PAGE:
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In Japan, most homes have automatic baths which set up the bath at a pre-set temperature and pre-set level. However twice I stayed at high priced hotels and the room bath was a manual bath like you commonly see in the western countries in private homes and its a real pain- difficult to set to a temperature and wasteful as they have in-bath drains which often drain when you get in because its set to 2/3 of the bath depth. Hence I ask if its standard to have make own baths in Japanese hotels? And why? My last stay was in resort in Okinawa- the most expensive hotel in the south of the island and the previous stay was in a ryokan in Kamogawa which is on the far side (to Tokyo) on the mainland.

Small clarification- the question is not whether Japanese hotels have baths or not or other bathing facilities (onsen etc.) but whether the bath that is present is an automatic fill up type as seen in nearly single Japanese home or the only way is turn knobs and try to fill it yourself.

  • This would be a great question to see on the proposed Japanese culture site which is currently in commitment phase. – starsplusplus Sep 3 '14 at 17:06
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Bathtubs of any kind aren't actually all that common in Japanese hotels. The cheaper ones, especially business hotels and the like, tend to have only showers, and most minshuku/ryokan and all capsule hotels don't have any in-room bathing facilities at all, only large communal and/or reservable onsen baths.

If you're staying in branded Western chain hotels, though, you'll probably get the Western-style bathtub, because that's what non-Japanese clientele expect: a room in a Hilton in Tokyo isn't too different from one in New York. Even Japanese-operated luxury hotels (random example: Okura Huis Ten Bosch) will often feature these, because like the faux-French furniture in the room and the exorbitantly priced Italian restaurant downstairs, they're a bit foreign and exotic.

The one place I have seen the home-style fully automated deep ofuro baths is apartment hotels intended for longer stays, like the Tokyu Stay chain. Which makes sense: these are designed as a replacement for a Japanese home, so they have to offer the facilities of a Japanese home.

  • 1
    Very good answer, but in my experience showers in the majority of business hotels (I have stayed in many) double as bathtubs. And the larger chain business hotels like Toyoko, APA, "Super Hotel", Dormy Inn, etc, usually have tubs. – Manmaru Jul 3 '14 at 3:43
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If you want to have a Japanese bathtub, it's best to stay in a Japanese-style hotel!

Yes, Western-style hotels and business hotels generally have more western bathtubs. Remember, in Japan, baths are for bathing, not washing. In general, showers are better at washing your body.

Many Japanese consider it gross to sit in a bathtub of your own body's dirtwater and will either shower after or before starting a bath-tub anyhow. Some hotels will have a Sento (public bathing area) which is much preferable for many Japanese anyhow. If you've been to a Japanese home, you'll know that toilets and baths are separate rooms and bathrooms are usually wetrooms with a shower unit outside the bath. These are fantastic but can take up more room and are more expensive to construct. As such, hotels generally use Western baths.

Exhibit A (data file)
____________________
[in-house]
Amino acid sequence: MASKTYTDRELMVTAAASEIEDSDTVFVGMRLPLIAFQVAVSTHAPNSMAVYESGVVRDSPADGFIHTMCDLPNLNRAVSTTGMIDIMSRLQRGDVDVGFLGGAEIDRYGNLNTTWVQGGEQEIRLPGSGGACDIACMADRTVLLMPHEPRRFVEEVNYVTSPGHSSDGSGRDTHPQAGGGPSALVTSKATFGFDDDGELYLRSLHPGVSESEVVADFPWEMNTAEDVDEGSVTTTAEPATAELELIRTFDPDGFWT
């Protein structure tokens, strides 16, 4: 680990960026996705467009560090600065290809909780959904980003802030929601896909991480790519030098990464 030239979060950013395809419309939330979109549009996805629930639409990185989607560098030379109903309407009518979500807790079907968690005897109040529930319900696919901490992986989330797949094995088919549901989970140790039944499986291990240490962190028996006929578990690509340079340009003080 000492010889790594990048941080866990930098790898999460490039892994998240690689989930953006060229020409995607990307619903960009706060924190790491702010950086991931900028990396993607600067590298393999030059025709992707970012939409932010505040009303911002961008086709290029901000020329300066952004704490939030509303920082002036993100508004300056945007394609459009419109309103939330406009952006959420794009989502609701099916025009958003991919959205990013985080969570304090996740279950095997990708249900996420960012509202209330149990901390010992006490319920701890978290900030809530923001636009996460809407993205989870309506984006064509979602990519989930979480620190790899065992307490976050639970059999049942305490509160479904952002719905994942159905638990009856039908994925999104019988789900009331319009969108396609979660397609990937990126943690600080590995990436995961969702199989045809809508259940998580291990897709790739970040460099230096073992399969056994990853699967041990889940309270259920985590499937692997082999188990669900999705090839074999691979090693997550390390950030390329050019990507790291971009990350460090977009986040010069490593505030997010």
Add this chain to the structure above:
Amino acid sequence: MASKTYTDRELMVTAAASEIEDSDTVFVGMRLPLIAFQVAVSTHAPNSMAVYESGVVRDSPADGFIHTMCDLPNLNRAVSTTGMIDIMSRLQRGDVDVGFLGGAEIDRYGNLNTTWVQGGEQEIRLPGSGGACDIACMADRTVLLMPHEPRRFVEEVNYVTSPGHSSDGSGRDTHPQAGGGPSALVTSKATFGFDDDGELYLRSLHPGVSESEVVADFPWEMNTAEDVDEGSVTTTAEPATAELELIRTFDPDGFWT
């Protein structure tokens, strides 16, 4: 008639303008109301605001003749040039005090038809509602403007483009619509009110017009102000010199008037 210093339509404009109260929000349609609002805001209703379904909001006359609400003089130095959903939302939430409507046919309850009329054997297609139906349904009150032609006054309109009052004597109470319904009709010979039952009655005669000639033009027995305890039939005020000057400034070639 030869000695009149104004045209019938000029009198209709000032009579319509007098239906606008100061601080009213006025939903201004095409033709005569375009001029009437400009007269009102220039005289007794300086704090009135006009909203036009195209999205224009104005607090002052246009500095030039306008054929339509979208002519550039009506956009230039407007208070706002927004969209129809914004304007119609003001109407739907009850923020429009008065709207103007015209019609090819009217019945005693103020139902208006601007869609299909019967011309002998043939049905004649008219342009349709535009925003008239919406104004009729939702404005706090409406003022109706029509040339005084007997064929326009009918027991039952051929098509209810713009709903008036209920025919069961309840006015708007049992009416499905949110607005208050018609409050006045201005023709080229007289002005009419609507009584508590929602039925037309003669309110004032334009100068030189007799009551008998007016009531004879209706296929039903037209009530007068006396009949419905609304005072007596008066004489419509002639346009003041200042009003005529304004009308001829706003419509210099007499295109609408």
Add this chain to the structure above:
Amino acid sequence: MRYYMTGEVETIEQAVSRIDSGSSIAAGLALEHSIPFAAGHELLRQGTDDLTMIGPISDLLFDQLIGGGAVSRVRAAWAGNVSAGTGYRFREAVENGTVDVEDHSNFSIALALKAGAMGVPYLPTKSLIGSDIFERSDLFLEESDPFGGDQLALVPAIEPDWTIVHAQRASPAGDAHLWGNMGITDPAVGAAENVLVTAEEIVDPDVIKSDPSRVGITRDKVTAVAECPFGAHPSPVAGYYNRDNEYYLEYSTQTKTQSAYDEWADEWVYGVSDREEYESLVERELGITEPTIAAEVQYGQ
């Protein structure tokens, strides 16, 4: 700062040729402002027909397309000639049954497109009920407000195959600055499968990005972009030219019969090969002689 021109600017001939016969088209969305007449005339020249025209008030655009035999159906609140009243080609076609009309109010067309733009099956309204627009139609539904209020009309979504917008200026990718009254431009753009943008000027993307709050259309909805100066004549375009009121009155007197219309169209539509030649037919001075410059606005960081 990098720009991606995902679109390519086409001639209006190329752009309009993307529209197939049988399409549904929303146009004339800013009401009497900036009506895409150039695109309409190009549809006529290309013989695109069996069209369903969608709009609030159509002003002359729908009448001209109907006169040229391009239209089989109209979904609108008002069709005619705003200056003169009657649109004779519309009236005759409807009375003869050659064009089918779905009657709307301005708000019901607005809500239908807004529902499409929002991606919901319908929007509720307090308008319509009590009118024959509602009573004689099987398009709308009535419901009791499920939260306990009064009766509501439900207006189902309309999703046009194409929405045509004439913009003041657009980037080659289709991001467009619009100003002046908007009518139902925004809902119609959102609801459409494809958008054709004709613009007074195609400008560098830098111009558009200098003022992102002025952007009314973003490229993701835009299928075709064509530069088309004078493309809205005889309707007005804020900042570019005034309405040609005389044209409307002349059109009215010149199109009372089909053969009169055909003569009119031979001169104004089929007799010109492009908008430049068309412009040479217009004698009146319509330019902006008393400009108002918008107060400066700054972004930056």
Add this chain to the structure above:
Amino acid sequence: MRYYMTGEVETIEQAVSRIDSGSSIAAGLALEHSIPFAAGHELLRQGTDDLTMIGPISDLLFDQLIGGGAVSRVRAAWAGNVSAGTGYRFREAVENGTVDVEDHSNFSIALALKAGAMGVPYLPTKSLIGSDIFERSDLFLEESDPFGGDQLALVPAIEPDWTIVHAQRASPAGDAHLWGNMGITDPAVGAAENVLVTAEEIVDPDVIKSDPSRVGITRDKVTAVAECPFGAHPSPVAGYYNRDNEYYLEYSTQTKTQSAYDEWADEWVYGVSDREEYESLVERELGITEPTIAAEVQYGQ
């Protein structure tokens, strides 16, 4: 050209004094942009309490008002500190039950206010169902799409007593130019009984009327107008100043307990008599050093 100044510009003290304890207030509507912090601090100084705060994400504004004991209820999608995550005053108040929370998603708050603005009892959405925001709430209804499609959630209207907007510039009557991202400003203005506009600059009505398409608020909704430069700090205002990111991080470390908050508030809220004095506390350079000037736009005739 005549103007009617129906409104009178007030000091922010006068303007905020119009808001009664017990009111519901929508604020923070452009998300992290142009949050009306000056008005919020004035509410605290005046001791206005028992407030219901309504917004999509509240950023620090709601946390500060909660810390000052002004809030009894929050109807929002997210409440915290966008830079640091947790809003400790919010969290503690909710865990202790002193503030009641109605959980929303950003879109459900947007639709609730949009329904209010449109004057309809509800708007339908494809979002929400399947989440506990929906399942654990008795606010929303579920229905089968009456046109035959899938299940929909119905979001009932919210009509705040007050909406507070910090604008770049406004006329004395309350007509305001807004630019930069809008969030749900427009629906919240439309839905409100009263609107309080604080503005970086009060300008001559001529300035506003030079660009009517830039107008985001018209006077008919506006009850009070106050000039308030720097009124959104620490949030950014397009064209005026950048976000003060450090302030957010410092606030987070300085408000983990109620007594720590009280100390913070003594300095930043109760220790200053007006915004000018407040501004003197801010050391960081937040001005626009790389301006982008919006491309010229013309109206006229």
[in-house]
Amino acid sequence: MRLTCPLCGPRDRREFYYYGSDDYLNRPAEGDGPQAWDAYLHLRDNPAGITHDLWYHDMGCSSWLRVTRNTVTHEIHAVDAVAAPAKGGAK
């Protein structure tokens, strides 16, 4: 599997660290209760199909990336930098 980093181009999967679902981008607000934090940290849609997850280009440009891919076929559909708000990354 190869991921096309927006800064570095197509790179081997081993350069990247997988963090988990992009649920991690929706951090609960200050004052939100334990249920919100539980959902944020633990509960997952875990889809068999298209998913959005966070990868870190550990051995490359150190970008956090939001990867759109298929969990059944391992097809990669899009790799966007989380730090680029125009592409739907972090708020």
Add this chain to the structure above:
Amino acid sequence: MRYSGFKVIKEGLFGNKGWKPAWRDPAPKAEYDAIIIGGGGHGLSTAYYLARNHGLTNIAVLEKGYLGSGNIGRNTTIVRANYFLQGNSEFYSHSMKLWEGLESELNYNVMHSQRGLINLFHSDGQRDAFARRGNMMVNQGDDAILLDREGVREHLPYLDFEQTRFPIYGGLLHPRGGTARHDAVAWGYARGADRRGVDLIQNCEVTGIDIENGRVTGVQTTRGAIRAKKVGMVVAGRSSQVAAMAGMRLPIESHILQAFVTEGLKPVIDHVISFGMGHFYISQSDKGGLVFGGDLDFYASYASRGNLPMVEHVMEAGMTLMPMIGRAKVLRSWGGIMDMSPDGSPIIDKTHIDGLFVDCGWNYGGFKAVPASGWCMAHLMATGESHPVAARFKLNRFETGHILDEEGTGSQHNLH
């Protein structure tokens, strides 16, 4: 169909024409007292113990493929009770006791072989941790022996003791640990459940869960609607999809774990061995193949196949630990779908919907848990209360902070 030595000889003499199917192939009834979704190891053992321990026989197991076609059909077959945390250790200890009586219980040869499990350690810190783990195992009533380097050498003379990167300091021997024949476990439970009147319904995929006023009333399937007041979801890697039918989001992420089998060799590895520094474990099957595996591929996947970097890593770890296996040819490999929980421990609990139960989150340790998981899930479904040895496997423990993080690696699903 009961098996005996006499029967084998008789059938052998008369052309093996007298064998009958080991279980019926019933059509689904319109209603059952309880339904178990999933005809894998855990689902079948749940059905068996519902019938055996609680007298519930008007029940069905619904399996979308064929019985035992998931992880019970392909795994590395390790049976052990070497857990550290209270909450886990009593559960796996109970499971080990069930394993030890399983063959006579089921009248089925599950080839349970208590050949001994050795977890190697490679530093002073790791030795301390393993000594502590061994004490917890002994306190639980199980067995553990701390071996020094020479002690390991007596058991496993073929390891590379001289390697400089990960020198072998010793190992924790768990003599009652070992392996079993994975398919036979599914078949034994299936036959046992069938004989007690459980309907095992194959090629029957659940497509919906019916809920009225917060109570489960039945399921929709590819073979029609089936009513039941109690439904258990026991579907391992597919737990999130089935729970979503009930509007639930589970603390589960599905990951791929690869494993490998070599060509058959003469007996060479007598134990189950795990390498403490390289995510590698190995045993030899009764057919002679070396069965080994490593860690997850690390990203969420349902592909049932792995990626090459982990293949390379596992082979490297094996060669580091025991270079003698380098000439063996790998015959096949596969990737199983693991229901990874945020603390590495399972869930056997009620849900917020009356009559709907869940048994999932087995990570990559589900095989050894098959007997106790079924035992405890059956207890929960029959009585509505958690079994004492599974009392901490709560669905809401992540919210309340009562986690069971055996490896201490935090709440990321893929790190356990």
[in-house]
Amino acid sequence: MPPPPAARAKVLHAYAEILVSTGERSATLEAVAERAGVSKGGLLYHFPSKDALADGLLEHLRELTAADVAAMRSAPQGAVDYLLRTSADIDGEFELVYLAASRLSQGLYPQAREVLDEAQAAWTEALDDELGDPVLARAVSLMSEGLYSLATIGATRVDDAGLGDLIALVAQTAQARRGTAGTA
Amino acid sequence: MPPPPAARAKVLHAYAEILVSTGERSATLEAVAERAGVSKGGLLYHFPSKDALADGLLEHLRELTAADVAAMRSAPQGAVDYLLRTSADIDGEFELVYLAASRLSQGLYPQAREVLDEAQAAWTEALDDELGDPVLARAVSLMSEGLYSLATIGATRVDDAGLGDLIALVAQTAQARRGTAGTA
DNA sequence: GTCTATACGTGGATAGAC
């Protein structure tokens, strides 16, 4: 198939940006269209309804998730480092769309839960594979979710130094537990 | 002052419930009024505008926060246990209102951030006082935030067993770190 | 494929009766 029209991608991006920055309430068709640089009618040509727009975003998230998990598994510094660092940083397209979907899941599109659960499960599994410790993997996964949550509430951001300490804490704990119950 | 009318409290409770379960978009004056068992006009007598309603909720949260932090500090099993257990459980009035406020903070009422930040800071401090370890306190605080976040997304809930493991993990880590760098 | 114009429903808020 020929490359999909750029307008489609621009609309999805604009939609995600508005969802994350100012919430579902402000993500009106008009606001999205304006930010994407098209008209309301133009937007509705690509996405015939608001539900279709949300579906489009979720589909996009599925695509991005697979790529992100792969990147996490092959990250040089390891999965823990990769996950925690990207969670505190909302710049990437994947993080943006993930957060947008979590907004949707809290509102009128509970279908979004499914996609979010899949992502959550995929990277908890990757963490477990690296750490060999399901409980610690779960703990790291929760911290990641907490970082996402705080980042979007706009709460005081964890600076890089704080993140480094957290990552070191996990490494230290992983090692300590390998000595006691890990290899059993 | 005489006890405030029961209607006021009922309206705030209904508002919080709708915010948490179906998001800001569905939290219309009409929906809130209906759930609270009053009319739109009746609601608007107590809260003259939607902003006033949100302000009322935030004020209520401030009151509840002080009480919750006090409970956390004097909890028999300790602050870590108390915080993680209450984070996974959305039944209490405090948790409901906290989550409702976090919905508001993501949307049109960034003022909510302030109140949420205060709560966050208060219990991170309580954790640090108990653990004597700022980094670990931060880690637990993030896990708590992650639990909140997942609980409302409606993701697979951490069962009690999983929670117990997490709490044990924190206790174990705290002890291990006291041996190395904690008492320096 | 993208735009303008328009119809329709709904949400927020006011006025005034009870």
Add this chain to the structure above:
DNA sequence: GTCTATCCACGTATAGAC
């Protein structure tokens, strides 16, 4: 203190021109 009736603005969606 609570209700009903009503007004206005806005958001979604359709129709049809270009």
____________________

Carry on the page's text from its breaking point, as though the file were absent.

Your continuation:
The MOST expensive hotels in Japan are usually built on an onsen (hot spring) or at LEAST have a nice Sento, a much more preferable arrangement for actual bathing.

If your clientelle is mostly just needing to wash, then western shower-tubs are preferable... which is why even expensive hotels are decked out western-style.

  • I would think Sento and/or onsen as the only option is a pain for Japanese since they usually have to go to another floor or room for it and sometimes it is crowded. – user2617804 Oct 12 at 6:55
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All the love hotels that I have been to have had manual western bathtubs which is a real pain so I don't think even Japanese hotels (the ones that can't have sento or onsen) have Japanese style bathtubs.

  • I can’t begin to imagine why you would expect your experience “love hotels” to tell you about the facilities typically available in general Japanese hotels. – Chris H Oct 12 at 8:39
  • Some of the other answers are about inns and they aren't much like regular hotels either- they have dedicated dining rooms with set meals rather than restaurants. Love hotels are not like you think- they are often are regular hotels too. – user2617804 Oct 12 at 9:01
  • The other answers aren’t “about inns”. There are two other answers and both of them cover what you can expect to find in multiple different types of hotel. Your answer tries to draw conclusions about “Japanese hotels” in general on the basis of what you found in one (very) specific type of hotel. – Chris H Oct 12 at 9:50

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